RTF 386 ALTERNATIVE POETICS • CHARLES RAMÍREZ BERG
This course is specifically designed for second year screenwriting and production students and for studies students who are interested in a comparative investigation of film form and film narrative. Beginning with the classic Hollywood paradigm (as delineated by Bordwell, Staiger and Thompson), the class will begin a survey (in weekly screenings) of alternatives to that narrative model. Among them will be the films of Yasujiro Ozu (Tokyo Story), Robert Bresson (Pickpocket), Carl Th. Dreyer (Day of Wrath), Jean Vigo (L'Atalante), Andrey Tarkovsky (Andrey Rublyov), and Ousmane Sembene (Black Girl). Additional films include W.C. Field's Never Give a Sucker an Even Break, and Casablanca. In each case the central question will be, "What is the narrative's organizing principle?"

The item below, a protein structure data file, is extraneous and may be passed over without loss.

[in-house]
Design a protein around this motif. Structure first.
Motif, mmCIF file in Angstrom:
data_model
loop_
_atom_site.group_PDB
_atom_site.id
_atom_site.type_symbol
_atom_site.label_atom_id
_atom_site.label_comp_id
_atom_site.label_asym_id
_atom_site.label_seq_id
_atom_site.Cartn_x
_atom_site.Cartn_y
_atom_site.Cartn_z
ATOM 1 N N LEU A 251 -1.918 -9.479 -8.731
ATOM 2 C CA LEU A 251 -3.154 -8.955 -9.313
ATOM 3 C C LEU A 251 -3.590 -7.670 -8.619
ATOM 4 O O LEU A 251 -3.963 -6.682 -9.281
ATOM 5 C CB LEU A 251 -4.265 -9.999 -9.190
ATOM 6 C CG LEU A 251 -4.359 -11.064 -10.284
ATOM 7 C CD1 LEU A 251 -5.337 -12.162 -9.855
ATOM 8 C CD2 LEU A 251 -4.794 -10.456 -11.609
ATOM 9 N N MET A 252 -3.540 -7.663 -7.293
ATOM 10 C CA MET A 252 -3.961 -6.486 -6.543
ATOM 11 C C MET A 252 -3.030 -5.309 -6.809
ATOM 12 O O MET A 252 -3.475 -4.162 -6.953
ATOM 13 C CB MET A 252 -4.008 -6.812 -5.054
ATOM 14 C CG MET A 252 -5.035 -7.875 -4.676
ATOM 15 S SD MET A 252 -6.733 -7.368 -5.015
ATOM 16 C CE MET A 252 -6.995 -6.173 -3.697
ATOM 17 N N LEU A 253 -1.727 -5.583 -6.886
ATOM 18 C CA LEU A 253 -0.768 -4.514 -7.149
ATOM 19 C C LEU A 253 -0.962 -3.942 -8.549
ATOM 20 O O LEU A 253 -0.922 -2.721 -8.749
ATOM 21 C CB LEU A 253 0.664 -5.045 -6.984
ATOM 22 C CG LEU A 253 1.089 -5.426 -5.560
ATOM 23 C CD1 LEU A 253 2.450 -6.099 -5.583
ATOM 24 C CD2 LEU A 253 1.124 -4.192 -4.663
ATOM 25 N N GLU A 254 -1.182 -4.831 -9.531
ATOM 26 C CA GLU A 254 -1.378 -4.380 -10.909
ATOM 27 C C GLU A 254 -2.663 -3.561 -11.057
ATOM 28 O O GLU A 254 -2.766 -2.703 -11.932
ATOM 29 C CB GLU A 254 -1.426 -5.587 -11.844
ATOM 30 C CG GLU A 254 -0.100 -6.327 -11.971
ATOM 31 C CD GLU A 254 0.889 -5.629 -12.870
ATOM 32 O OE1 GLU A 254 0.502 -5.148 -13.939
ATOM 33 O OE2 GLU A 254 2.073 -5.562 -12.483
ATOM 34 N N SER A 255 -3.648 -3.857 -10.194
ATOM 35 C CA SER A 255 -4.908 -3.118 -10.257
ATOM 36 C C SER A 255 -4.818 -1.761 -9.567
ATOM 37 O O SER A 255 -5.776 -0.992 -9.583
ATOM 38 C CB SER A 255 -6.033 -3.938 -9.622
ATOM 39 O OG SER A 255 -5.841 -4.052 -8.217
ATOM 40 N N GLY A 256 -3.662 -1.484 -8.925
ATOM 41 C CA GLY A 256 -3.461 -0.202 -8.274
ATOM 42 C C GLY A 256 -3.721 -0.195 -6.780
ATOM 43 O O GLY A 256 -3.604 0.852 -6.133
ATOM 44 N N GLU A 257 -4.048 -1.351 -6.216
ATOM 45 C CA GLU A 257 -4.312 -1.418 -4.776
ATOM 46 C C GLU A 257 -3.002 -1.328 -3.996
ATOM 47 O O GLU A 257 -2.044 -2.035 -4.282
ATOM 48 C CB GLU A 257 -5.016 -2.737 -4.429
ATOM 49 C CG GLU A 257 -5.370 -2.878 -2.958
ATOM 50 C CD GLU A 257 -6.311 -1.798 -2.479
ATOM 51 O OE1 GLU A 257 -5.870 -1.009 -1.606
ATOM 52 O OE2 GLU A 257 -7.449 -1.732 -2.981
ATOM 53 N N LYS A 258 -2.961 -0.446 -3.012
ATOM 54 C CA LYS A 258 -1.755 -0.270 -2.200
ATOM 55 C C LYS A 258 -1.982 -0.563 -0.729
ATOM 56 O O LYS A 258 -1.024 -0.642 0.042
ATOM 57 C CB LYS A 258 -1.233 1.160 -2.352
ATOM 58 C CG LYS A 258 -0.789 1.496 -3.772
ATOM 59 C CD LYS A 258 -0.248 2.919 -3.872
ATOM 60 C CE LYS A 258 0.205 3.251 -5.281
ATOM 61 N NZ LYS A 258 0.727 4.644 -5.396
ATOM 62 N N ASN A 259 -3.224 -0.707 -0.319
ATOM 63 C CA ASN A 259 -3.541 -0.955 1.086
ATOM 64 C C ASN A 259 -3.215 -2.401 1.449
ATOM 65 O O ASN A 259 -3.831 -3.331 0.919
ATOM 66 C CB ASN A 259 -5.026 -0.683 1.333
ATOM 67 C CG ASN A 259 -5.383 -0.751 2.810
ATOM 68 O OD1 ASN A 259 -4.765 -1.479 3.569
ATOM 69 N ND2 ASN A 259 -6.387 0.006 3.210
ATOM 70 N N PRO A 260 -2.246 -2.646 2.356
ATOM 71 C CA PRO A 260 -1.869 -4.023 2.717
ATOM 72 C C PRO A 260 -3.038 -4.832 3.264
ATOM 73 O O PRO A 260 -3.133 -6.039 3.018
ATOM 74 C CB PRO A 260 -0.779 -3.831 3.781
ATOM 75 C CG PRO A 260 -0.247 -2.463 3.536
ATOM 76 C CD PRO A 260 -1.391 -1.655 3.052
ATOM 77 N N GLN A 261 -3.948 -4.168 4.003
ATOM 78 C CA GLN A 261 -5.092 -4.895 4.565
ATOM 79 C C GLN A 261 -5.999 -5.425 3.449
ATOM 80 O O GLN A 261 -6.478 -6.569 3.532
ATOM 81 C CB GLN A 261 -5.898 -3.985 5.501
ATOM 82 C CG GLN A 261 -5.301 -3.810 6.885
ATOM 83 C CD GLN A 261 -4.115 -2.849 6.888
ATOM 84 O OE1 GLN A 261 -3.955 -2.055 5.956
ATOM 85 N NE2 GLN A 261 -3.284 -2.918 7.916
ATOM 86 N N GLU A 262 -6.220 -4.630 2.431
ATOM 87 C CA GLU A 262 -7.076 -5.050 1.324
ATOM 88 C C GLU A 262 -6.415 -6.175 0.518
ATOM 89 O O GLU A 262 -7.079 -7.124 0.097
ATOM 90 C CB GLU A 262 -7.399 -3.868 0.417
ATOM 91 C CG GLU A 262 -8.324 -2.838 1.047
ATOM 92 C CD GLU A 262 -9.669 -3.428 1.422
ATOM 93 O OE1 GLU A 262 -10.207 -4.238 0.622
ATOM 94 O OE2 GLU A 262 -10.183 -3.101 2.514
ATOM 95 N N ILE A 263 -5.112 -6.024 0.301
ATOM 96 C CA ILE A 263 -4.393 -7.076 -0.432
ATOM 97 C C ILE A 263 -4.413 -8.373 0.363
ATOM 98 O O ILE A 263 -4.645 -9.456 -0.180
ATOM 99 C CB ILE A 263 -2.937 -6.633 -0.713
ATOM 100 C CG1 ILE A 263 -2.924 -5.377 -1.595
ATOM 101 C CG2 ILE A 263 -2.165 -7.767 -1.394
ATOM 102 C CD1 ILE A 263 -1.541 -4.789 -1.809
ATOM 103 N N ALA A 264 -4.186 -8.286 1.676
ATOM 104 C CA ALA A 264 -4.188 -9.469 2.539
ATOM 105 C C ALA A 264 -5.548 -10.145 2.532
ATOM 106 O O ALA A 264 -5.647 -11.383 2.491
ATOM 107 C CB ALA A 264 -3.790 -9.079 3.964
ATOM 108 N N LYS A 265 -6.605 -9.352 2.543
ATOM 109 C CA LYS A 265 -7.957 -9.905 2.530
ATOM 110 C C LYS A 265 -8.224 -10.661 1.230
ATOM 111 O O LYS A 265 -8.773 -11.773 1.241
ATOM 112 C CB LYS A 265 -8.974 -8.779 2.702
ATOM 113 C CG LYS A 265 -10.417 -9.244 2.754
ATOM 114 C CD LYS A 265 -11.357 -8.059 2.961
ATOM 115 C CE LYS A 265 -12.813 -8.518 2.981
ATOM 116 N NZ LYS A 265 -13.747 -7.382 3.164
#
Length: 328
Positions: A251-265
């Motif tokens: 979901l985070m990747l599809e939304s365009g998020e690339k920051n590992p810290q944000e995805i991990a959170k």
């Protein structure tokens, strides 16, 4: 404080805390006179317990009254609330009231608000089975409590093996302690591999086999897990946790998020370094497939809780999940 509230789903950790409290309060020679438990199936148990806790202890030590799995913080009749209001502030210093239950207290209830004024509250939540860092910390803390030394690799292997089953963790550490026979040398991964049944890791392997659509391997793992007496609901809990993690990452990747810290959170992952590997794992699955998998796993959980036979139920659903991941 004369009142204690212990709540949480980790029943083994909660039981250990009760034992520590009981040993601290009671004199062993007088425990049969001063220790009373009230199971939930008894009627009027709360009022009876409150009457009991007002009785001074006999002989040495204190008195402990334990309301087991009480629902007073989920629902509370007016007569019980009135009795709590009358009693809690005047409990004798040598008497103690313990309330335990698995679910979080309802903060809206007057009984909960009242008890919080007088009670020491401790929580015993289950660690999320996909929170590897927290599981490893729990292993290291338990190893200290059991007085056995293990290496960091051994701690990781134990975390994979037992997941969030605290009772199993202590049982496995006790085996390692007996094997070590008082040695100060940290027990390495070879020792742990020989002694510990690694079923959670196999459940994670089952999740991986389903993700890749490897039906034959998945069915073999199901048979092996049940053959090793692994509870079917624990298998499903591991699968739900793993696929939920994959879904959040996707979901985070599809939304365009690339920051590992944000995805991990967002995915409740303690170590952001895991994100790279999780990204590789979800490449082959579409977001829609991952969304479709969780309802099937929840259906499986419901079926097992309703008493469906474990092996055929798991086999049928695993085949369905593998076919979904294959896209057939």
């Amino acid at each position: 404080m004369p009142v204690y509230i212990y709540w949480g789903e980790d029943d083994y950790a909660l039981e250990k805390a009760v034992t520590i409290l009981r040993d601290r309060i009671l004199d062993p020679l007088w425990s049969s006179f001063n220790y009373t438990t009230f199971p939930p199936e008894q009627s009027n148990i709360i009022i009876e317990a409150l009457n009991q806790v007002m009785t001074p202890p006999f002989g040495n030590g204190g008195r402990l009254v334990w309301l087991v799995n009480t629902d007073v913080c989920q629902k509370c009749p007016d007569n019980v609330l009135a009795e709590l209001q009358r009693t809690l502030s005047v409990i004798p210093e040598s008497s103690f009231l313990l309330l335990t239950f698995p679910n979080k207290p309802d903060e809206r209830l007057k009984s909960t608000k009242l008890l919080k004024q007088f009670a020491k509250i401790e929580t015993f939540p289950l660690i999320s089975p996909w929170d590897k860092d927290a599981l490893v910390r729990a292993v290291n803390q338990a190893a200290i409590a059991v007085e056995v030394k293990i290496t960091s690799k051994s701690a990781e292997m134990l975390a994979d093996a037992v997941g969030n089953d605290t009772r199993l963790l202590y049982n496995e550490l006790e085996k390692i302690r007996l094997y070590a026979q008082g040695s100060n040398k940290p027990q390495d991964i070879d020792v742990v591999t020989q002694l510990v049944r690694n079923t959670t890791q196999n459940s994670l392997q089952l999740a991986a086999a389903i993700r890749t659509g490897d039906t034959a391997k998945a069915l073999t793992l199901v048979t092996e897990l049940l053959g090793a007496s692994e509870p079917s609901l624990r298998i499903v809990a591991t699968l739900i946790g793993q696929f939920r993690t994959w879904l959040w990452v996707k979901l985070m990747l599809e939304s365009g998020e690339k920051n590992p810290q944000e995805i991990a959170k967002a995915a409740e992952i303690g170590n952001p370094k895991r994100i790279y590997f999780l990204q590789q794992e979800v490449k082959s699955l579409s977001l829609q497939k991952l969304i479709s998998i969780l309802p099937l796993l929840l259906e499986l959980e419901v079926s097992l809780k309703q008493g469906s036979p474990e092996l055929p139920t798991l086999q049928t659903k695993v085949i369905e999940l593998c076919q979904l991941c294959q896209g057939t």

RTF 386C COMEDY: THEORY AND ANALYSIS • KATHY FULLER-SEELEY
This course broadly examines theories of humor and comedy and applies them to variety of media and performance forms across the (predominantly American) 20th century to contemporary times. Our readings will draw from philosophy, cultural studies, cinema and TV studies, feminism, race, gender, sexuality, social class studies, political science, psychology, literature, etc. It’s a broad and fascinating topic that has not received enough scholarly attention. We are going to look at producers, texts, performers and audiences across a wide variety of media -- television and film, literature, comics, radio, Internet, live performance and other forms. We will examine leading works in the field, then individually design and research case studies that are placed within the analytical frameworks we’ll be studying across the term. The seminar will be focused on student group discussion and presentation of theories, texts, specific examples of applications, and findings. Students will complete 4-5 short (2 page) analytical papers on various readings, a 6–7 page midterm essay, and will be working all term on a research project that will become a 15–20 page research paper by the end of the semester.